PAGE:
KAISERSLAUTERN, Germany — It has begun. Starbucks, America’s caffeine superstore, just got a foothold in the U.S. military community in Germany and is already looking to grow.
Whether it will march to dominance as it has in the U.S. remains to be seen.
With more than 13,000 stateside locations, the coffee chain’s stores are even more plentiful than McDonald’s in the U.S. But more than a decade after the beanery crossed the Atlantic, it hadn’t penetrated American bases in Germany until Nov. 2, when Spangdahlem Air Base christened the first.
Now, Starbucks could be on its way to dominating the on-base market.
New Vision Coffee Europe Ltd., the licensee that built and operates the Spangdahlem store, has already negotiated for two more on-base shops in Germany. One at the Kaiserslautern Military Community Center is expected within the next six months, according to Lt. Col. Al Hing, an exchange spokesman. Another will open in Wiesbaden’s yet-to-be-built shopping center, which Hing said should open in either 2014 or 2015.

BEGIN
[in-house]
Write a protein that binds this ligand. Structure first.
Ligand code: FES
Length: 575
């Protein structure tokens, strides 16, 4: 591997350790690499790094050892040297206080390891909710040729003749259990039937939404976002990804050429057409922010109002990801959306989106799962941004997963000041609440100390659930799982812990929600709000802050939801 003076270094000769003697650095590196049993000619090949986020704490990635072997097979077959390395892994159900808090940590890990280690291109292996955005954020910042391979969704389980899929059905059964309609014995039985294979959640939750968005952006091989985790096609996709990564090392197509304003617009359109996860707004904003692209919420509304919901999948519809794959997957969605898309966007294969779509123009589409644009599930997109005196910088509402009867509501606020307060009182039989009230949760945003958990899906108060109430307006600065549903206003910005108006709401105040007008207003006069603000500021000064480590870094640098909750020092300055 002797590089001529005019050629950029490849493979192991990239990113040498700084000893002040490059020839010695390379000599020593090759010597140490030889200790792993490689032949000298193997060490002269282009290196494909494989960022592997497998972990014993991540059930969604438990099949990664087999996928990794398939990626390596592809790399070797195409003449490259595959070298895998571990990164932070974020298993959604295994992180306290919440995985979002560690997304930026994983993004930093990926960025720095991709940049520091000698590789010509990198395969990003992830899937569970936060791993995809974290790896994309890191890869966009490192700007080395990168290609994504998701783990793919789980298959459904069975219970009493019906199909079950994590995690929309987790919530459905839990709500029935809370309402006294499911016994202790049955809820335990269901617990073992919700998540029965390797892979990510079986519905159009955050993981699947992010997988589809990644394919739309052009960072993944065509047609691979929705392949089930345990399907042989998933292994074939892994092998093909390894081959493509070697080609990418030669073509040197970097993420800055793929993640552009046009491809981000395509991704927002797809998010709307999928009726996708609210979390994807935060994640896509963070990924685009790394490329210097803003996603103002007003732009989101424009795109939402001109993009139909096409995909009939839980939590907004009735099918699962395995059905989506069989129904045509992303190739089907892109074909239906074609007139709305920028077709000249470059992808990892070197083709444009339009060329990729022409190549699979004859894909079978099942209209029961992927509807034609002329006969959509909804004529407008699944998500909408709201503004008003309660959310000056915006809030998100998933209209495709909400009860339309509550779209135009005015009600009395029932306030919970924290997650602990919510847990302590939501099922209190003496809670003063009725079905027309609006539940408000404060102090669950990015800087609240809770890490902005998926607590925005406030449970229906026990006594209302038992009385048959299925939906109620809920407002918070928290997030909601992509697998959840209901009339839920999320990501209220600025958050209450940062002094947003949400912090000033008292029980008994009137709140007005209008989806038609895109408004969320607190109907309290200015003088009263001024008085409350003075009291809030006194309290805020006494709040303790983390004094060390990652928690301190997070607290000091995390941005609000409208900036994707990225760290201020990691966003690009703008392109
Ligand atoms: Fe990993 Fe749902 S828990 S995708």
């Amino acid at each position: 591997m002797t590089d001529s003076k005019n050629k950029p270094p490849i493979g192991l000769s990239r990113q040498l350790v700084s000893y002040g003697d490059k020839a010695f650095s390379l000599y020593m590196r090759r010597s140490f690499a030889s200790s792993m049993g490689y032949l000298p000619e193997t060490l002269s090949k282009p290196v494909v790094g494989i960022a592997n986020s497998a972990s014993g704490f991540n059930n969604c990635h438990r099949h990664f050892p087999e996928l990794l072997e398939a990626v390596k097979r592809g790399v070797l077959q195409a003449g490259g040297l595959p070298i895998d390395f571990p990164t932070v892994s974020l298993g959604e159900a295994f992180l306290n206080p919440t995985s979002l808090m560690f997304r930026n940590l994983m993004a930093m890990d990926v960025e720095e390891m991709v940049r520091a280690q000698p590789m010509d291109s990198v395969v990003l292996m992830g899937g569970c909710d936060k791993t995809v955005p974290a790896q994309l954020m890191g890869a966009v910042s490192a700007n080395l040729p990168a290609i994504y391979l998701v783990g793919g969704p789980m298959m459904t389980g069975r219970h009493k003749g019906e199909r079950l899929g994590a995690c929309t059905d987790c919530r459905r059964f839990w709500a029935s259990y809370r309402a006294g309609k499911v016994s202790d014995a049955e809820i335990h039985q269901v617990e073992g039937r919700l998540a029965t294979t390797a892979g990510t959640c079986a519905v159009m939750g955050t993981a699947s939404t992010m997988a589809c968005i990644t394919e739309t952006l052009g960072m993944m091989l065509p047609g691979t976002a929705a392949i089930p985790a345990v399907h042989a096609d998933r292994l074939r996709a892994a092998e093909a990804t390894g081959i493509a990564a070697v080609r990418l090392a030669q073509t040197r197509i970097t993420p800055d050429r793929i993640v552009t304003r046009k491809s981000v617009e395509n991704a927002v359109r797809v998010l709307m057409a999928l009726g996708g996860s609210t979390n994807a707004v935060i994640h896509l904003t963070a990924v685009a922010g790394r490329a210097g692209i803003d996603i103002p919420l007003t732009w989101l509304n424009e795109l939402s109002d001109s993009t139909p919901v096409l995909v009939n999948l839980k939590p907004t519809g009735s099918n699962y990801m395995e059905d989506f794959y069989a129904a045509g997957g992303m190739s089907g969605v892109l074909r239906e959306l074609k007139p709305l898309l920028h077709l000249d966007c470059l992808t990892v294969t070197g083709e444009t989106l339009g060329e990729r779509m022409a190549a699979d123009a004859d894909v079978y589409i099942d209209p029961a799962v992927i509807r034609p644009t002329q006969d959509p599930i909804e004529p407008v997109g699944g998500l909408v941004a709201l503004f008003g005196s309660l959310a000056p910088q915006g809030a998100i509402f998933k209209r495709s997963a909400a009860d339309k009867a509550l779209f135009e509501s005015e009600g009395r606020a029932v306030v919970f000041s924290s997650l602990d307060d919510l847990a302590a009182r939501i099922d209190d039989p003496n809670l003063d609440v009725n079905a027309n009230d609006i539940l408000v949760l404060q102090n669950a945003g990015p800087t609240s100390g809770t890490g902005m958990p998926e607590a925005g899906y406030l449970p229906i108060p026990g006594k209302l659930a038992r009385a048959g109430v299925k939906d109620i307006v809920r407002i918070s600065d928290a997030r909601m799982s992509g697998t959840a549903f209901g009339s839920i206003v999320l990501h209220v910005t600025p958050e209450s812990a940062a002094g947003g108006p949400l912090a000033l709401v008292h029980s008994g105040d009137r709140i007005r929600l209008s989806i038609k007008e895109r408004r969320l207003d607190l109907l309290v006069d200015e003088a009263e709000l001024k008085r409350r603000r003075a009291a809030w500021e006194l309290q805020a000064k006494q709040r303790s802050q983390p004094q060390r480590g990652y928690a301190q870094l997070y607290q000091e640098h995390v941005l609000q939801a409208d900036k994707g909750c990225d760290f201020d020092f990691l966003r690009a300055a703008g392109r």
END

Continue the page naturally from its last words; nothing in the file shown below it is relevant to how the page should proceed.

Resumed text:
The exchange is also in negotiations for stores at Wiesbaden’s Clay Kaserne, Panzer Kaserne in Stuttgart and at Grafenwöhr.
“We are definitely trying to get all of them,” Hing said.
If Starbucks expands further, it could prove stiff competition for the Java Café, which dominates the on-base market with a line of beverages made with Starbucks-brand coffee.
Christina Coenen-Lane, who works for Java Café in Kaiserslautern and Landstuhl, said there isn’t much of a difference between the two products as far as she can tell, but “people that come from the States, they expect Starbucks.”
At the new shop at Spangdahlem, “You actually feel like you’re stepping into a Starbucks back in the states,” said Hing — right down to the hue of the green paint.